Grow Your Own Magazine

Grow Your Own Magazine

Get September's issue of Grow Your Own now. Here's a taster of this month's tips and features

  • Your step-by-step guide to easy autumn salads
  • Simple storage solutions for your fruit and veg
  • Allotments - GYO reveals the history behind your plot
  • Inspirational veg gardens to visit this autumn
latest magazine cover September 2014


GYO is giving two FREE packets of seeds to every reader (digital issues excluded). Gourmet beetroot 'Chioggia' looks a treat on your dinner plate - the tender flesh is striped with concentric red and white circles. Tomato 'Tigerella' lives up to its name with animal-print-style skin. Store the packets over winter for sowing next spring.



Fill your salad bowl this autumn. Anne Swithinbank names delicious cut-and-come-again leaves to sow now. Enjoy two to three speedy harvests before cold weather kicks in. Pop onion sets in the ground, too, for early crops next year. Anne also shares advice on earthing up celery, choosing quirky brassicas and ripening tomatoes.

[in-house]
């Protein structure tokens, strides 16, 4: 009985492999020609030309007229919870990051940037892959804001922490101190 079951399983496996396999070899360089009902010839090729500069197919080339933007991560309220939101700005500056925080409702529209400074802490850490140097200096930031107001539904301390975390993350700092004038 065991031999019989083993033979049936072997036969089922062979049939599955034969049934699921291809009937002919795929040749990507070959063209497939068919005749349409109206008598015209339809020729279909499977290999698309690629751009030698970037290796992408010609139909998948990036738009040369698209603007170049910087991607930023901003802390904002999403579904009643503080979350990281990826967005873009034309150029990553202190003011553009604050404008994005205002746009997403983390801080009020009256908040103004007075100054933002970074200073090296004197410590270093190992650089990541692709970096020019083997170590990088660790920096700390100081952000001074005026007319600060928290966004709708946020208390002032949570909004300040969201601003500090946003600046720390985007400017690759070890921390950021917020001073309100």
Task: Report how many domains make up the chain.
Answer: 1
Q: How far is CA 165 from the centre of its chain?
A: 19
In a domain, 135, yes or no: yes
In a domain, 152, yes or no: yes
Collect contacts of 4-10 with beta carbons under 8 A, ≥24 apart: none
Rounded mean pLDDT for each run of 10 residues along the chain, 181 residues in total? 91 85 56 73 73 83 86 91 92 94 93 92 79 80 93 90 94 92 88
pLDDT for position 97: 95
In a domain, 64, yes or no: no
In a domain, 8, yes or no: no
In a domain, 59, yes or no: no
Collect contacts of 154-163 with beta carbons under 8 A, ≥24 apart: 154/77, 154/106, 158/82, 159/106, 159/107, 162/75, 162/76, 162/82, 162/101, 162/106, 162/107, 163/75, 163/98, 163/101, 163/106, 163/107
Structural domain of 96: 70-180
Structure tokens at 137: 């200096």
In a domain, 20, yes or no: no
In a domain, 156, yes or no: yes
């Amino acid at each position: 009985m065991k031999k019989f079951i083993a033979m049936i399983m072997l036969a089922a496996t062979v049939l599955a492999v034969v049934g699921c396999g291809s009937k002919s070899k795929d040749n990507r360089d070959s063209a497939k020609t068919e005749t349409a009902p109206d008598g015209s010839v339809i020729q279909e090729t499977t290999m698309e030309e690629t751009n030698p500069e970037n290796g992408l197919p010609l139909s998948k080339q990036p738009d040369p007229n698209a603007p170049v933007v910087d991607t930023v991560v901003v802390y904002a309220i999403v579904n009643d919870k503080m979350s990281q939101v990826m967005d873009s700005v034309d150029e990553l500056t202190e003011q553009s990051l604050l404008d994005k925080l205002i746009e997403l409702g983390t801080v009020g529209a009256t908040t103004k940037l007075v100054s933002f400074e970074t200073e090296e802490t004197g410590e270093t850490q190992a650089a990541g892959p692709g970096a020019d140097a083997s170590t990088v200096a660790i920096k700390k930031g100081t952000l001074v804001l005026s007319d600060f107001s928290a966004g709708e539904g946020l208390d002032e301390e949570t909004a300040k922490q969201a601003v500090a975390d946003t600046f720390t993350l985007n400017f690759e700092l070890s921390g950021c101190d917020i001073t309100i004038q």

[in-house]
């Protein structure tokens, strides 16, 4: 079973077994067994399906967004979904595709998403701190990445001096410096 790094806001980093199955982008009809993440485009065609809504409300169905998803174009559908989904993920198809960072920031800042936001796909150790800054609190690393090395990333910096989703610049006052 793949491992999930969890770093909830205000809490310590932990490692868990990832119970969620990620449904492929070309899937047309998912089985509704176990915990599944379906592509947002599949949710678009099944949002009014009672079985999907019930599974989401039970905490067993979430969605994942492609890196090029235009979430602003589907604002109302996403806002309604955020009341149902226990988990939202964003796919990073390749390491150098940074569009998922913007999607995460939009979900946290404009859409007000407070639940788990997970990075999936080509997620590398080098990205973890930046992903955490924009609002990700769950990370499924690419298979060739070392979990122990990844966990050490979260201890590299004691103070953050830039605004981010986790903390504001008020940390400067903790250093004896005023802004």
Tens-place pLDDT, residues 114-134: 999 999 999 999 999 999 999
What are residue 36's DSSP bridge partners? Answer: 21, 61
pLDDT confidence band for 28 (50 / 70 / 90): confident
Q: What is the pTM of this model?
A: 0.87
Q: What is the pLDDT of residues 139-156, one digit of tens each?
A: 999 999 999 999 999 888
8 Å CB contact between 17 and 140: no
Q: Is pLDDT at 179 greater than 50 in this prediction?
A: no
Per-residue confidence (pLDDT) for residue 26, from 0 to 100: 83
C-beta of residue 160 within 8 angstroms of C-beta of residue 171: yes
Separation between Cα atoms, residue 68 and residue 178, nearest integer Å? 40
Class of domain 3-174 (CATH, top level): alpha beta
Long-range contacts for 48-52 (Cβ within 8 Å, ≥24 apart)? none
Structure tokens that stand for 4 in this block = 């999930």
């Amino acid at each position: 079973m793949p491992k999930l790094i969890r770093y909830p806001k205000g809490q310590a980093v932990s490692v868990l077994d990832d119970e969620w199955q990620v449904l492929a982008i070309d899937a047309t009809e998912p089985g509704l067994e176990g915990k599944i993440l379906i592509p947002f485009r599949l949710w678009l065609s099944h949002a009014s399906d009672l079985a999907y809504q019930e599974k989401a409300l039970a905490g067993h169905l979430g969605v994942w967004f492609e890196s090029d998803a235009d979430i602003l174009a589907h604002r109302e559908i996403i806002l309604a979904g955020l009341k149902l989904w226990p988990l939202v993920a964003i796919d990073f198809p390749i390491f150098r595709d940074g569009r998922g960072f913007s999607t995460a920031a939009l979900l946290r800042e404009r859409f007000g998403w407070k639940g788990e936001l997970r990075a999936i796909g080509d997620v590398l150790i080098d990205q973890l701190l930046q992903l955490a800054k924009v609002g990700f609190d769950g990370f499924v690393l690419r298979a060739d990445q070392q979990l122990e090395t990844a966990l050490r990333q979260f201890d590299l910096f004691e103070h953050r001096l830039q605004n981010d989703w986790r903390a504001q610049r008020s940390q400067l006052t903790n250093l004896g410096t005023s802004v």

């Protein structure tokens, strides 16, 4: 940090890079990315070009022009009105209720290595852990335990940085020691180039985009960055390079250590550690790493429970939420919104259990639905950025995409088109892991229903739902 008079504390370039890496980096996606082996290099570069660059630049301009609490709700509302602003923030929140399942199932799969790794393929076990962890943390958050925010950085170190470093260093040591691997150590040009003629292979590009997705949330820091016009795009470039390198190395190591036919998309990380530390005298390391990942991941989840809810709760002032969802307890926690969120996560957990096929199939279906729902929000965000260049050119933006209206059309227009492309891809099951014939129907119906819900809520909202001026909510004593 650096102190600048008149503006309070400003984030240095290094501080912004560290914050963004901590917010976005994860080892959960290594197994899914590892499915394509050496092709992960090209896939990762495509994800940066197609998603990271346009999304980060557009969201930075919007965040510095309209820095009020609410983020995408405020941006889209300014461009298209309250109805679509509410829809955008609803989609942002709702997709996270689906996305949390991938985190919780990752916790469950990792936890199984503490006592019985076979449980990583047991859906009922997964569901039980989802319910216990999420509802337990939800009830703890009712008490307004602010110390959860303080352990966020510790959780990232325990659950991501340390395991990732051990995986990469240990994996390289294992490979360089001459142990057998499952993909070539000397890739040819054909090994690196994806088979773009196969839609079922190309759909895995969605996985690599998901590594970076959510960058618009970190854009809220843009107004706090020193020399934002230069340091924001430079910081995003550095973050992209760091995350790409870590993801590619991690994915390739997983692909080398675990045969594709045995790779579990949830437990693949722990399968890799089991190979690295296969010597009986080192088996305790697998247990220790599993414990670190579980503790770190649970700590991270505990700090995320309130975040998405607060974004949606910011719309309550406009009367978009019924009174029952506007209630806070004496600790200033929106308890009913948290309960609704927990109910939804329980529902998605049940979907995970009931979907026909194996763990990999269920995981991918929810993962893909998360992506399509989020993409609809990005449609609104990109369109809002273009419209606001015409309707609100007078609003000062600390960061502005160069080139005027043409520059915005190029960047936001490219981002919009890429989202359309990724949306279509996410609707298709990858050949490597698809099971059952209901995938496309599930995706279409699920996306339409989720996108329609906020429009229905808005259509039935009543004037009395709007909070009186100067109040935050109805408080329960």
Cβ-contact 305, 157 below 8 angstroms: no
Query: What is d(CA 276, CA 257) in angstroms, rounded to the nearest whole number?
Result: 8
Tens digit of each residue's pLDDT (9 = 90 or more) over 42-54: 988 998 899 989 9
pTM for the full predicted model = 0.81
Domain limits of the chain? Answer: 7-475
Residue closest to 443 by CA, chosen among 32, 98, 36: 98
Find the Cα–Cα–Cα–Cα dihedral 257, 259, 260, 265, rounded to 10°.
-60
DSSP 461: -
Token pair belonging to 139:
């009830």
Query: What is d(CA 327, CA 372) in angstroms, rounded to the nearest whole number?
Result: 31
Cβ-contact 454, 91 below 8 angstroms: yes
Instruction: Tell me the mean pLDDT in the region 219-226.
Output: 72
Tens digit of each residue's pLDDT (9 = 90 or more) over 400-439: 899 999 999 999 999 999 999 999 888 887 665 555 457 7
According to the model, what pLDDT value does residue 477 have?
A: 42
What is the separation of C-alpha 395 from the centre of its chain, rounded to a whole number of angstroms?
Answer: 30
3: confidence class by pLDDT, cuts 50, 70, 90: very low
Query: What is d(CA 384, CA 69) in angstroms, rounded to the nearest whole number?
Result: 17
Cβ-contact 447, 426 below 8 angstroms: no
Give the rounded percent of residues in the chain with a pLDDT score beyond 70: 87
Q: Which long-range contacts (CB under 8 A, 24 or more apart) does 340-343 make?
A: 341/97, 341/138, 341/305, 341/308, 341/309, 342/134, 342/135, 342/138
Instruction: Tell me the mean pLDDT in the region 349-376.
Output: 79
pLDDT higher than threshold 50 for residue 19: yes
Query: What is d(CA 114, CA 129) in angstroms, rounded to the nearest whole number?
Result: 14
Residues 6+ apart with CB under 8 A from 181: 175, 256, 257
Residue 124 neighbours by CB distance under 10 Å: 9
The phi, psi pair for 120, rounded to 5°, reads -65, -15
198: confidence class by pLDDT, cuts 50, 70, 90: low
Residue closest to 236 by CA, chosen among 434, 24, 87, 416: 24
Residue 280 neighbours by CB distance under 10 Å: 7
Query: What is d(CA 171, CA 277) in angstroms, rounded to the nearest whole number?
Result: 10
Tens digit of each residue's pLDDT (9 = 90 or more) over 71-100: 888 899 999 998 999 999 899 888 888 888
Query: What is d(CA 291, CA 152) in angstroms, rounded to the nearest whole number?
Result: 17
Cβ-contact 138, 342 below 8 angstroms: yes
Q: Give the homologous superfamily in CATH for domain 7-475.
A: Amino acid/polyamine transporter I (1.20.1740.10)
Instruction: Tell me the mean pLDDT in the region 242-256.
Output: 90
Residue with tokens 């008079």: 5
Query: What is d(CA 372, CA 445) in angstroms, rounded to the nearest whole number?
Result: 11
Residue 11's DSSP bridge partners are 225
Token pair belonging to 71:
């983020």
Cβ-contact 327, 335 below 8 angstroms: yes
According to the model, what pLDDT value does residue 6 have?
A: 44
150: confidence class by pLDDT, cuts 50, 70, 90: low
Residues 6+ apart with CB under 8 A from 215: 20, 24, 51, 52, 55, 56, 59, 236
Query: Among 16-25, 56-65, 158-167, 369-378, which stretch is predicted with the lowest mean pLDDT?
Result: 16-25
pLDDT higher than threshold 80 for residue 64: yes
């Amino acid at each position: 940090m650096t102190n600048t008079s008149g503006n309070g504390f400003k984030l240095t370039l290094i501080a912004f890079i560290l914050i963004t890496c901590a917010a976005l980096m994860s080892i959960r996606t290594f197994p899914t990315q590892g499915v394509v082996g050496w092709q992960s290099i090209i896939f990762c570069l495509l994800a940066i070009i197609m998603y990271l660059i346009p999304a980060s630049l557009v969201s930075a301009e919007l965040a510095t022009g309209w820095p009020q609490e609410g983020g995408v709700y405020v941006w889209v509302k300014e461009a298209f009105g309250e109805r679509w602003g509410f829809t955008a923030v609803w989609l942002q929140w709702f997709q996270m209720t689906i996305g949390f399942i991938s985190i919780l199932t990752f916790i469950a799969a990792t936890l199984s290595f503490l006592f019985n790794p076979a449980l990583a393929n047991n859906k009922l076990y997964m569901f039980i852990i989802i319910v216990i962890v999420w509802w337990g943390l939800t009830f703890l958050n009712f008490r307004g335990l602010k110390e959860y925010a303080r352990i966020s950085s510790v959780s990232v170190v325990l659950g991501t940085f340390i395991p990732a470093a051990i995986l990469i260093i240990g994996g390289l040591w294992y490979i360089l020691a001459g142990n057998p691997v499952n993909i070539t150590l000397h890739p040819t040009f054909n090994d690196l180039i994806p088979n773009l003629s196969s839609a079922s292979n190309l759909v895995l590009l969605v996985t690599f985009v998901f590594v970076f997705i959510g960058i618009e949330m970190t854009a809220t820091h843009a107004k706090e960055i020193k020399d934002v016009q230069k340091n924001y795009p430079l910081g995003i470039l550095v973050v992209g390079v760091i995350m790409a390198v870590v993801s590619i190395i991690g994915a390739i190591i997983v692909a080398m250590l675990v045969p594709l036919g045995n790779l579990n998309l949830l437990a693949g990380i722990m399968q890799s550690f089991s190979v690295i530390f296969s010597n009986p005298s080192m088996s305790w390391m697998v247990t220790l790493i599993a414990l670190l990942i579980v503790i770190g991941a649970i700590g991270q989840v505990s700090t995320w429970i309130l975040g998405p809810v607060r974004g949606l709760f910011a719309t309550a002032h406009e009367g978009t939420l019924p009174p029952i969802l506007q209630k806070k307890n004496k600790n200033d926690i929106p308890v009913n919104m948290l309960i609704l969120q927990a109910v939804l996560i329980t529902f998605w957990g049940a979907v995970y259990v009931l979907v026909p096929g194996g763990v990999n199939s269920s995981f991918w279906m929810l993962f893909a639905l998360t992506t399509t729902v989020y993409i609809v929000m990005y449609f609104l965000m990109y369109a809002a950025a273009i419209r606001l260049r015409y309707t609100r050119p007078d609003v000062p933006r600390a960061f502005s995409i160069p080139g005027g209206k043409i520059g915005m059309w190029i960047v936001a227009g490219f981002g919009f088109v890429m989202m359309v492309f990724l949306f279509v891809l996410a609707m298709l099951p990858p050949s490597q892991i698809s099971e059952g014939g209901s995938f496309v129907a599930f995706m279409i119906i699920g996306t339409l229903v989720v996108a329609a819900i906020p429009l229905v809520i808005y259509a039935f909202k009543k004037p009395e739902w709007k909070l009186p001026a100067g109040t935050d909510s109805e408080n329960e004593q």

Your four simple steps to pruning stone fruit! GYO Editor, Lucy Chamberlain, shares her quick guide to cutting back cherries, peaches, apricots and plums. Plus, it's time to harvest early eating apples. Lean how to pick perfectly ripe fruit and the best three dessert varieties for garden-growing.



Home-grown veg, all year round! GYO names its top three thrifty ways to store excess autumn crops. Pick up quick tips on keeping carrots, spuds, beetroot and swede for winter eating. Love peas, broad beans or spring greens? Learn how autumn sowings made this month lead to extra early harvests next season.



The best house plant you'll find this year. Sweeter than supermarket types, mini bananas are easy to grow indoors. Plant a dwarf variety in a large pot for an easy-to-grow exotic crop. Are your friends envious? Our expert shares tips on propagating plants to make gifts for green-fingered neighbours.



It's easy and absolutely free! Kim Stoddart shares her tips on saving seeds. Before your tomato, chilli, bean and pea plants head for the compost heap, make sure your caddies are fully stocked for great results next year.

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